The beloved airline JetBlue set a lofty goal of delighting customers when they took to the skies in 1998. Their Customer Bill of Rights set new standards for the industry, and their remote customer service team set a new precedent for remote work from the comfort of their homes.
Last year, JetBlue’s VP of Customer Support Experience, Operations and Recovery, Frankie Littleford, told Forbes about how her team got their start.
“When we decided that our mission would be ‘to bring humanity back to air travel,’ we knew we would have to build a great culture internally or great customer service would never take root externally, with the traveling public. We needed to build a culture of respect, trust and communication, a culture where we take care of each other.”
That culture took root and gave way to fun, customer-focused traditions. For example, JetBlue has a mysterious “People Officer” who surprises customers on flights and in airports with rewards and gifts.
One time, the People Officer stood up mid-flight and began hosting a game of trivia. He announced that the winners would receive flight vouchers for the mid-flight games and gave away a dozen tickets.
JetBlue bet that a quality flight experience could overturn the status quo, and they continue to raise the bar. During the coronavirus crisis, for example, they offered free flights for medical personnel and supplies, even while their own business was in jeopardy.
Takeaway: A positive culture is the only environment that can yield exceptional service. If leaders prioritize culture from the beginning, their team members will love their jobs and share the fun with customers, too.
Since the first CVS opened its doors, the company has empowered people to stay healthy and get the products they need. For over 30 years, CVS has also run a service that has everything to do with helping people and nothing to do with its role as a pharmacy.
With the CVS Good Samaritan Van, they serve stranded customers with car troubles. The cost for the customer? Just filling out a comment card.
This free service helps people get back on the road and to their destination without extra hassle. There is no catch, just a memorable experience that fortifies customer relationships and aligns with the company’s values. Customers feel cared for, which is exactly what executives want them to feel when they walk through the pharmacy’s doors.
CVS has a long history of making value-based decisions. In 2014, the company stopped selling tobacco products, even though it hurt sales. And in 2018, it began offering discount coupons to customers without insurance to buy Narcan, a lifesaving medication to reverse opioid overdoses.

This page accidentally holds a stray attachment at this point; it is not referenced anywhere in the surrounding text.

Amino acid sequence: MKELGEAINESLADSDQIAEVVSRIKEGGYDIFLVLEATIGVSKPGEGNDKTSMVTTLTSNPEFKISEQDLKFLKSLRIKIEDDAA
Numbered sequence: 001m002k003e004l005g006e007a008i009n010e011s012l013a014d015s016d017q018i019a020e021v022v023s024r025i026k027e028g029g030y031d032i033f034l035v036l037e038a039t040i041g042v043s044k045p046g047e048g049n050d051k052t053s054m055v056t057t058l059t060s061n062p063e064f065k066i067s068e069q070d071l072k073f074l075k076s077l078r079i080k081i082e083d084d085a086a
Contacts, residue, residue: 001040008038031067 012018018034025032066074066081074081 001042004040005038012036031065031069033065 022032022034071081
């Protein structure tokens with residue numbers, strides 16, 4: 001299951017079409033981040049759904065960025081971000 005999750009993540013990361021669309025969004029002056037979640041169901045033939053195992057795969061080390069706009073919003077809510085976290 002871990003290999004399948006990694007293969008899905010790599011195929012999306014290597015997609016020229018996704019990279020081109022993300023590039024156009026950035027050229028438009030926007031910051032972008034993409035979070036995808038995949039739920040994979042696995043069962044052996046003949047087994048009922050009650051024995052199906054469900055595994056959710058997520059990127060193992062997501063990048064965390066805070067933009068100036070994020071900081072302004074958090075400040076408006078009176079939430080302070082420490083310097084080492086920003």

When a company takes actions that align with their values — across every context — customers respond to that consistency with trust.
Takeaway: Think about a way to help your community one-on-one every day. It doesn’t have to relate to your product or service — just make sure it aligns with your values and gives customers the same feeling that you want to create when they use your product or service.
4. Trader Joe’s
Trader Joe’s has a cult following for a reason. The privately-owned grocery chain with locations across the country always prioritizes employees and customers. The company gives excellent benefits and promotional opportunities to team members and passes on the savings from their private-label approach (all their products are “Trader Joe’s” brand) to customers.
Everyone has a favorite Trader Joe’s customer service story, and so do we. One day, an 89-year-old man was snowed in at his Pennsylvania home around the holidays. His daughter was concerned about getting him food and called a bunch of stores to see if anyone delivered.
Trader Joe’s broke their own policy to deliver the gentleman items that fit his low-sodium diet free of charge. In fewer than 30 minutes, a Trader Joe’s team member was knocking on the door with a full delivery.
Takeaway: If your team members don’t have the flexibility to bend the rules, they won’t always be able to do the right thing for people. Make sure there’s an easy way for customer service staff to get approval for acts of kindness that make people’s lives exponentially better.
Make exceptional customer service your new standard
When team members know why exceptional customer service is so important and how to deliver exceptional customer service, they can set a new benchmark. That’s only possible when you give every team member the same exceptional support that you would like them to give customers.
Leaders can’t ask their team members to go above and beyond when they’re not willing to do so for their own employees.
In an industry that often prioritizes profit margins over people, you can carve out a new normal, too. Hire talented team members and empathetic managers, prioritize training and mentorship, and invest in a support stack that makes it easier to help people every day.